Pasteurella multocida is a bacterium often called Avian cholera (though it is a different organims than the disease that affects humans). It is estimated that about 15,000 birds have died over the last few weeks in the Great Salt Lake, in Utah. A similar epidemic occurred in 1994, killing 10,000 birds.There are writeups here at the New York Times and here at the USGS.
Accepting his 2007 TED Prize, photojournalist James Nachtwey talks about his decades as a war photographer. A slideshow of his photos, beginning in 1981 in Northern Ireland, reveal two parallel themes in his work. First, as he says: “The frontlines of contemporary wars are right where people live.” Street violence, famine, disease: he has photographed all these modern WMDs. Second, when a photo catches the world’s attention, it can truly drive action and change. In his TED wish, he asks for help gaining access to a story that needs to be told, and developing a new, digital way to show these photos to the world.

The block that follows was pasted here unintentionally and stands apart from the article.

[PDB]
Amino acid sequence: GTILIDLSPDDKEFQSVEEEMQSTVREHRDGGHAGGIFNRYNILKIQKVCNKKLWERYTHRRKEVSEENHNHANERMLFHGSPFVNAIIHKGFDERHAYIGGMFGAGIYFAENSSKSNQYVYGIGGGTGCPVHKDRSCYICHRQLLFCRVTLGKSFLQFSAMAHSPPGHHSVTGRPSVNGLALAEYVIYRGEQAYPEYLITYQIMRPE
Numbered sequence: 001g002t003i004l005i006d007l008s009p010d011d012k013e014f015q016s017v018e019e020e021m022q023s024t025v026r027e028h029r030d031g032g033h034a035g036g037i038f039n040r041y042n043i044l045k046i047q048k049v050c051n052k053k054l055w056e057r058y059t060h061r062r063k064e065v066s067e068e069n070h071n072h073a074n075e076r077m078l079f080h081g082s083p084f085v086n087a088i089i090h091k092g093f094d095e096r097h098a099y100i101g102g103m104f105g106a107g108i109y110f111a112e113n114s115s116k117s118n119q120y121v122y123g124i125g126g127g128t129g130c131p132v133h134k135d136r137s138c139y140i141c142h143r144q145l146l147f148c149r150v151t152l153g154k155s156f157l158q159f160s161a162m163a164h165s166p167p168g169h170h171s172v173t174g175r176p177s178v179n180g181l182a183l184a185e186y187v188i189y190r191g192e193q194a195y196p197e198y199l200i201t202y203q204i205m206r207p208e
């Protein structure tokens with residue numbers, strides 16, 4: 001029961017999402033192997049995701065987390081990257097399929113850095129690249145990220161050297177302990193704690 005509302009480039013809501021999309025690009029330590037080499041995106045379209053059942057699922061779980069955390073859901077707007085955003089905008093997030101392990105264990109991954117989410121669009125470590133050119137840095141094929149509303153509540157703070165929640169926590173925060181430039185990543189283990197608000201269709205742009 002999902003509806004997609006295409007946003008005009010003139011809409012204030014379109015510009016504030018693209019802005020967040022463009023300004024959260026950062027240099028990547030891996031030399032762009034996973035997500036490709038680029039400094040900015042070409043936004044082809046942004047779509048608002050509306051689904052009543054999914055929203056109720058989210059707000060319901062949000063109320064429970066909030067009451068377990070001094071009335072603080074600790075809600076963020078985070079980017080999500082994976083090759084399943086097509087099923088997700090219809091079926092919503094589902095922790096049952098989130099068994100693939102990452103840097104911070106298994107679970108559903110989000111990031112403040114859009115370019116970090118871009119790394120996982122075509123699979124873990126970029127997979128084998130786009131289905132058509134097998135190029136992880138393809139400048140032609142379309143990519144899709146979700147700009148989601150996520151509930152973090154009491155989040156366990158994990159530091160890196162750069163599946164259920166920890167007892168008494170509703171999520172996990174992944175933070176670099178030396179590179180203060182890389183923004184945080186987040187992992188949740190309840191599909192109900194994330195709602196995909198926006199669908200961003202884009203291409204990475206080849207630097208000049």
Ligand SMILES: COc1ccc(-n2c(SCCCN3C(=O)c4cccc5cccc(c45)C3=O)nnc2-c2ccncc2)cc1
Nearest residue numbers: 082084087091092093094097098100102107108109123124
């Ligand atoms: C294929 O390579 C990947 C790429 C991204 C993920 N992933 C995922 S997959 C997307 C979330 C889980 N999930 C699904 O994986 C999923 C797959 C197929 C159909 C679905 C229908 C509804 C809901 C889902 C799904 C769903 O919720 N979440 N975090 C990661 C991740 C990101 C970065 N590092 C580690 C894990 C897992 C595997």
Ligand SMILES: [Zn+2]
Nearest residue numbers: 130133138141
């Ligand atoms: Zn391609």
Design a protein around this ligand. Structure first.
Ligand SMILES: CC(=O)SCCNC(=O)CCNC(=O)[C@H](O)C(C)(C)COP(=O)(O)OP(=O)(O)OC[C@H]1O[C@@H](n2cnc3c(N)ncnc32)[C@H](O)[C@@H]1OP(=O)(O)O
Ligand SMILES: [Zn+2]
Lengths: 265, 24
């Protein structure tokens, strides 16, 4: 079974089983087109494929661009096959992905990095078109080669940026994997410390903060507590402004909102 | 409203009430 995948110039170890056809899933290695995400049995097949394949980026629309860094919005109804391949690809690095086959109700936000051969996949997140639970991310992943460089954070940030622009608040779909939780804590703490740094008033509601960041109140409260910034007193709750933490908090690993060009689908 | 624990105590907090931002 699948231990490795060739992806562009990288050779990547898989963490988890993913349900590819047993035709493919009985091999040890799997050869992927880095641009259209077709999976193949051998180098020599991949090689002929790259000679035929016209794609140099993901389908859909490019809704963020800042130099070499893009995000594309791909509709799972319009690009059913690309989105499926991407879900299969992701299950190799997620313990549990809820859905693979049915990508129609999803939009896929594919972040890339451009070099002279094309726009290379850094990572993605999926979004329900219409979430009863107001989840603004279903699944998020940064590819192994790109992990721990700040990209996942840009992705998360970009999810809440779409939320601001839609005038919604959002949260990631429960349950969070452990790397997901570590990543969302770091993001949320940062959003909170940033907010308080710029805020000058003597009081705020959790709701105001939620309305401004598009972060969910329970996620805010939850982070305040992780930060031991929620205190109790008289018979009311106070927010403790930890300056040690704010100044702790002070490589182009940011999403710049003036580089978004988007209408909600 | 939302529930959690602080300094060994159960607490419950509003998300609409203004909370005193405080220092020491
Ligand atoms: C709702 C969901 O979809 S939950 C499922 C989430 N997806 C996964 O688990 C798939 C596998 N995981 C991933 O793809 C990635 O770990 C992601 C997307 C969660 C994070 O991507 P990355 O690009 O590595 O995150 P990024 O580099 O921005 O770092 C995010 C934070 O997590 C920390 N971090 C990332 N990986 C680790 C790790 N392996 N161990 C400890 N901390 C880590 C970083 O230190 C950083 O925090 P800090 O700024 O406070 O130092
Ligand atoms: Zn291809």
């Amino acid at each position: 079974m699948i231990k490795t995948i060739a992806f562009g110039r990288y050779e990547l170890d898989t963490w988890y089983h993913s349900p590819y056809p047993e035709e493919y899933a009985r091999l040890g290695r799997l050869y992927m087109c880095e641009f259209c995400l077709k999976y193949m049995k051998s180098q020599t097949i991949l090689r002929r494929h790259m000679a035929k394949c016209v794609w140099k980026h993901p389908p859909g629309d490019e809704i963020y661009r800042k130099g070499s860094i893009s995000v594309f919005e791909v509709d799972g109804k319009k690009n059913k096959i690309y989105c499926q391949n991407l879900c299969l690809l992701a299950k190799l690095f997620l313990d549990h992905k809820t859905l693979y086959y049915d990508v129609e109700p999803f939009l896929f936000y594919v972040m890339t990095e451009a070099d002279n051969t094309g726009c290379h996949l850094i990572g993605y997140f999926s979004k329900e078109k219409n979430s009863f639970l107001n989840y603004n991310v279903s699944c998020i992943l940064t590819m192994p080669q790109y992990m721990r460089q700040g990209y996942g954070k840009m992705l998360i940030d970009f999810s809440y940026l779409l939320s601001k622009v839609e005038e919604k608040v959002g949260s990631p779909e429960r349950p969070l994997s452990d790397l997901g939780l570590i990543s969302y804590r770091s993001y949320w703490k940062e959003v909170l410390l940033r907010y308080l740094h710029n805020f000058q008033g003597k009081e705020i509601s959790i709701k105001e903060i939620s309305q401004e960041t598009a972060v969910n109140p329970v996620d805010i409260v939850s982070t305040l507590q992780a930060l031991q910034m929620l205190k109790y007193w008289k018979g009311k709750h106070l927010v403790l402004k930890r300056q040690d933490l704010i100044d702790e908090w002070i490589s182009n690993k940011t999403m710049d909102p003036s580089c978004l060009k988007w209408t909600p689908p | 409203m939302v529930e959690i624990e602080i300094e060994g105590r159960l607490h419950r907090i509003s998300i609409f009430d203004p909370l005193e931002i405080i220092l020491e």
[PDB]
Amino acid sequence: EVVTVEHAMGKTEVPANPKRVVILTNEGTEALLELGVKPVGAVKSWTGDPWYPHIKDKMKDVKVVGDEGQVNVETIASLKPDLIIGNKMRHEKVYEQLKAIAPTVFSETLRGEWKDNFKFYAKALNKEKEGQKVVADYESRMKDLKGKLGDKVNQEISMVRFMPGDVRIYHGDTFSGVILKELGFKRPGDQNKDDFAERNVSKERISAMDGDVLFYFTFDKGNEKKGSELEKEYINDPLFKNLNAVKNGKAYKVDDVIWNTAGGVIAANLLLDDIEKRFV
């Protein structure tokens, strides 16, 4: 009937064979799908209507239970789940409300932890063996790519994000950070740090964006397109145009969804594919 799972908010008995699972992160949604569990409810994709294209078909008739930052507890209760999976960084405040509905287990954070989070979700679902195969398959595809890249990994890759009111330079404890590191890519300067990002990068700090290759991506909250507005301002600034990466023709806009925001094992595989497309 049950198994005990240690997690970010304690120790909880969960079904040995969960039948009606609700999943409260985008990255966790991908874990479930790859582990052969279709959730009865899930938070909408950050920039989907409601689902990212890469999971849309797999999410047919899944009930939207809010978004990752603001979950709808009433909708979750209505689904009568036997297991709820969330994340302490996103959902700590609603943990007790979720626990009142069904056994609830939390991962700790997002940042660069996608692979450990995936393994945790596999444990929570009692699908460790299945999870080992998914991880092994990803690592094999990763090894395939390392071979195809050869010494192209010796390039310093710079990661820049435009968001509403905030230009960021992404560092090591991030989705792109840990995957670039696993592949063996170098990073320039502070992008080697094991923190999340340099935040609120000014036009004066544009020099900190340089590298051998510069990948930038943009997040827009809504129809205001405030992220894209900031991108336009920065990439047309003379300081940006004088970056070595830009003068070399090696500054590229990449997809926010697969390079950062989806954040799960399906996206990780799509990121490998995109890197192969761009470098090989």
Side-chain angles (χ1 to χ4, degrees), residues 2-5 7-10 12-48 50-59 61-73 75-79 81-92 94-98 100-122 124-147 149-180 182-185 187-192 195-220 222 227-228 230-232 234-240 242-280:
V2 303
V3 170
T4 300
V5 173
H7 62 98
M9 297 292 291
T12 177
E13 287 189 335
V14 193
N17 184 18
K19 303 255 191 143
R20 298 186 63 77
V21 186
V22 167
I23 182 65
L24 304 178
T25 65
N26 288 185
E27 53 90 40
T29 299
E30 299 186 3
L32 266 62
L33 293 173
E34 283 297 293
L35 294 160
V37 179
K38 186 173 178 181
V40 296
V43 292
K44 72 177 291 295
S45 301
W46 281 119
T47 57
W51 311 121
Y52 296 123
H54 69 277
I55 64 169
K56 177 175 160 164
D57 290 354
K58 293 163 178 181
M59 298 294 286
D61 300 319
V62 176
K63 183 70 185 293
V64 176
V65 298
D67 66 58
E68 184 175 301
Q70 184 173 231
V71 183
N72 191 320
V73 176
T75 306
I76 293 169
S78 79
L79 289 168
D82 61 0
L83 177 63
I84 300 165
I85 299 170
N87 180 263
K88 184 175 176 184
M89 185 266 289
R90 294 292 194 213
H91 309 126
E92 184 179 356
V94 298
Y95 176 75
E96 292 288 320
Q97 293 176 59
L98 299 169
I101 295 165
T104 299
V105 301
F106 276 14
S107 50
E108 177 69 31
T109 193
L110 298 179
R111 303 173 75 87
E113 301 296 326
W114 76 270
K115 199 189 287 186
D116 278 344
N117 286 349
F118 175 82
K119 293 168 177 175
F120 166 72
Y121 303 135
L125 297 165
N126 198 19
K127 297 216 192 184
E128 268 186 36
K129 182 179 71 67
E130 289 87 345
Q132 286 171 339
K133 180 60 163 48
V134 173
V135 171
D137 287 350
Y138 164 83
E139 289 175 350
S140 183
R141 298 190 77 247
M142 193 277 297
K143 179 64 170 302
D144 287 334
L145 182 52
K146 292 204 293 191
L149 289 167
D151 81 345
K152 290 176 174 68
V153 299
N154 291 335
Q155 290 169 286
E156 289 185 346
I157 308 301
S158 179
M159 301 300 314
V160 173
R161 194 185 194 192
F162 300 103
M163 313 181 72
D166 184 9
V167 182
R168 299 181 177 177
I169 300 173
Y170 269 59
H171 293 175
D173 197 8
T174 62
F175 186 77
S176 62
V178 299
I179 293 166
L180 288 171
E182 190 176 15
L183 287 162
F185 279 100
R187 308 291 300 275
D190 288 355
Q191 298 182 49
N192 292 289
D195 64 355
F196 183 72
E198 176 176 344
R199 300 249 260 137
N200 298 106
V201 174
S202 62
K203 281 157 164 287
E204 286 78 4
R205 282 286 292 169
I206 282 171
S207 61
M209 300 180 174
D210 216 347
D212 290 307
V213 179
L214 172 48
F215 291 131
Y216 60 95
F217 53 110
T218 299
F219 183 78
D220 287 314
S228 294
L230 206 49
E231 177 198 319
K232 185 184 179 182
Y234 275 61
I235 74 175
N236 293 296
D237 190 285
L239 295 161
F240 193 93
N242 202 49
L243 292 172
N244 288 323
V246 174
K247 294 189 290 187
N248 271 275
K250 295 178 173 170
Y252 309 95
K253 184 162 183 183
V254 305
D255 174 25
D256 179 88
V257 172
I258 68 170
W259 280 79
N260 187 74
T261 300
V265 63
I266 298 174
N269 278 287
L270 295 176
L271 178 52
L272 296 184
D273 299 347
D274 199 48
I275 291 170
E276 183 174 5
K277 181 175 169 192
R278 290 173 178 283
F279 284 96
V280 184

A hopeful monster is a mutant born with a genetically determined and large novel trait (compared to its parents) which confers enhanced fitness on that individual. This enhanced fitness increases the likelihood that the new mutant gene that determines this trait will be passed on and spread throughout the evolving population, so in a single generation a rapid process of speciation is initiated. For example, a fish with a mutation that causes both its eyes to grow on one side of its head could become the flounder of a new generation of flatfish. Well, just for the halibut, it might be fun to further examine this notion. Continue reading Hopeful Monsters and Hopeful Models
… #67: Let’s all go on a birding holiday is here.
The amount of ice lost to the sea from Antarctica has increased by 75 percent in the last 10 years. This is the result of an increase in glacial flow. It had previously been thought, and perhas was the case, that Greenland ice loss outpaced the Antarctica. This is no longer the case. Continue reading New Study of Antarctic Ice Loss